'Edward VII' is an excellent late culinary variety that was introduced by Rowe's Nursery of Worcester in 1908. It flowers late in the season so is a good candidate to grow in areas subject to frost. This is not necessarily the most prolific of varieties and can be slow to crop in early years but the trees are of an attractive, upright habit and are said to be resistant to the fungal disease apple scab. The fruit have an acid taste with a nice flavour and take a while to cook down to a good puree. Picking time is mid October, and this is an excellent long-storing variety that will keep until April.
A simply beautiful apple and this webmaster was licking his lips as he copied this appetising image onto the website. It must be lunchtime...! This variety is a genetic variation, a 'sport', of a German apple 'Alkmene' and is said to have been found a few miles from Colwall in the 1980s. It has the advantage of being self-fertile and produces delicious dessert fruit that can also be used for juicing. As a tree it is frost hardy, disease resistant, compact, reliable and a good cropper. This would be a very good starter variety of apple for your garden but it is also grown commercially. Picking time is mid September and it stores until October.
We think that damsons are vastly under-rated as an orchard tree and should be grown more widely. Originating from Shropshire, the neighbouring county to Herefordshire, we count this as our 'local' variety. Damsons are tough fruit trees with attractive flowers. 'Shropshire Prune' makes a compact tree that crops well. The attractive fruit fruit can be cooked for jams or puddings and, very much on-trend currently, can be used to flavour gin. This variety was awarded the Award of Garden Merit (A.G.M.) by the Royal Horticultural Society in 1998 so comes highly recommended by others, as well as us.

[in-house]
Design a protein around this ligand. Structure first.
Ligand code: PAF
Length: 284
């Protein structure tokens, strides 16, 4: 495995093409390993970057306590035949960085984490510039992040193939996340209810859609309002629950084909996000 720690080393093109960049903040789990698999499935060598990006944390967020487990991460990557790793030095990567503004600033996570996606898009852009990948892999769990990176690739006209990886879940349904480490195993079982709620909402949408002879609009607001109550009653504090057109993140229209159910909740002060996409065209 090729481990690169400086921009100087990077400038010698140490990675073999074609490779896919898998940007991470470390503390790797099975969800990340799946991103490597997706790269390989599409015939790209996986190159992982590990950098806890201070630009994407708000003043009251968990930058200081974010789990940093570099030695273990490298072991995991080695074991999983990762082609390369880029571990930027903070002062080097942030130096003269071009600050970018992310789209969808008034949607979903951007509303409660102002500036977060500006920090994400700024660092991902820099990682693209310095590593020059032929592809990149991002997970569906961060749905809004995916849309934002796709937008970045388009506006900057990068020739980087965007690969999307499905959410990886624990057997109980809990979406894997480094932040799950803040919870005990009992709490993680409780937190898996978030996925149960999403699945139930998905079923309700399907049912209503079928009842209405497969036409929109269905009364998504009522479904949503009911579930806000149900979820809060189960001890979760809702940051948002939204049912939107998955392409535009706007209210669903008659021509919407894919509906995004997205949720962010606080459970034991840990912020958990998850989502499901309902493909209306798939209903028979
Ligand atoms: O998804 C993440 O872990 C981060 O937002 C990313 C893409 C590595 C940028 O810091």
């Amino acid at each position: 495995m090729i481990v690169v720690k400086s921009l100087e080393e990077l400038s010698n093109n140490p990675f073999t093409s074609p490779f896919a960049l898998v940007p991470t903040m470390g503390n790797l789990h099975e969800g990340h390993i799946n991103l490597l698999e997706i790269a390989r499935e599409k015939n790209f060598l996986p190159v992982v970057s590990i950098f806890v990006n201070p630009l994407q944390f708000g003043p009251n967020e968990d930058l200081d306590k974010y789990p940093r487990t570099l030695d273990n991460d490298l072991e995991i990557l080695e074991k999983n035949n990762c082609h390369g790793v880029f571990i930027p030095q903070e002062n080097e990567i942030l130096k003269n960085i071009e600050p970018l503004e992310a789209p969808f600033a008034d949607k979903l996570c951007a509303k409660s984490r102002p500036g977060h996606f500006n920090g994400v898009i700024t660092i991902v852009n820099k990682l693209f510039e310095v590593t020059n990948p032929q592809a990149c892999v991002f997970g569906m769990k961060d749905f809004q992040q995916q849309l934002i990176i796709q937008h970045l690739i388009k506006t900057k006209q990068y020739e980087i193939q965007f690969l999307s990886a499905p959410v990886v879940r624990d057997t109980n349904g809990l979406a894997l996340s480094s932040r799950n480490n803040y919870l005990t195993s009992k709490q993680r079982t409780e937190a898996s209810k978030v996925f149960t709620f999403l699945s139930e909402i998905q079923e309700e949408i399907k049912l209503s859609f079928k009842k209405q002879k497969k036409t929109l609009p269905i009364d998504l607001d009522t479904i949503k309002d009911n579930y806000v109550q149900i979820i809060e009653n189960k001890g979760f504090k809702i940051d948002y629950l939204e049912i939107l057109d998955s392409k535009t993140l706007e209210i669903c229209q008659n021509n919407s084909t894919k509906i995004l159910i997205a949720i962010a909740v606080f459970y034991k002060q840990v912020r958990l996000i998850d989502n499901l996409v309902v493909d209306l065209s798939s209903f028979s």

This is certainly not a pear of local provenance - having been bred by the Rivers Nursery in Hertfordshire.
We are including it here since it's one of the most reliable dessert pears for growing in the UK so would probably be top of our list for you to try growing. The fruits are sweet and juicy with a good pear flavour.
An attractive tree with an entertaining name. The 'Drooper' refers to its weeping habit and the form of this tree makes it very aesthetically useful for a garden or orchard setting.
Once grown widespread commercially, this old-fashioned West Midlands variety is a strong growing tree that crops heavily and reliably. The yellow and green oval plums can be eaten fresh or used for cooking. The trees are self-fertile, and the fruit is usually ready for picking in mid-August.
'Dymock Red' is a cider apple variety originating from Dymock in Gloucestershire. This bittersweet cider variety dates back to the 17th century and was previously grown extensively in the area around our neighbouring market town of Ledbury. Whilst some cider apples are best blended with others to make a palatable drink this is a vintage variety that makes 'well balanced cider of high quality' on its own.
We have a 'Limelight' apple tree planted in the children's orchard at Colwall Village Garden. This modern, mid-season dessert apple is a firm favourite with children due to its crisp, refreshing flesh rich in flavour. For the gardener it's a good choice since it's disease resistant and a heavy cropper. Picking time is mid-September and apples store until November.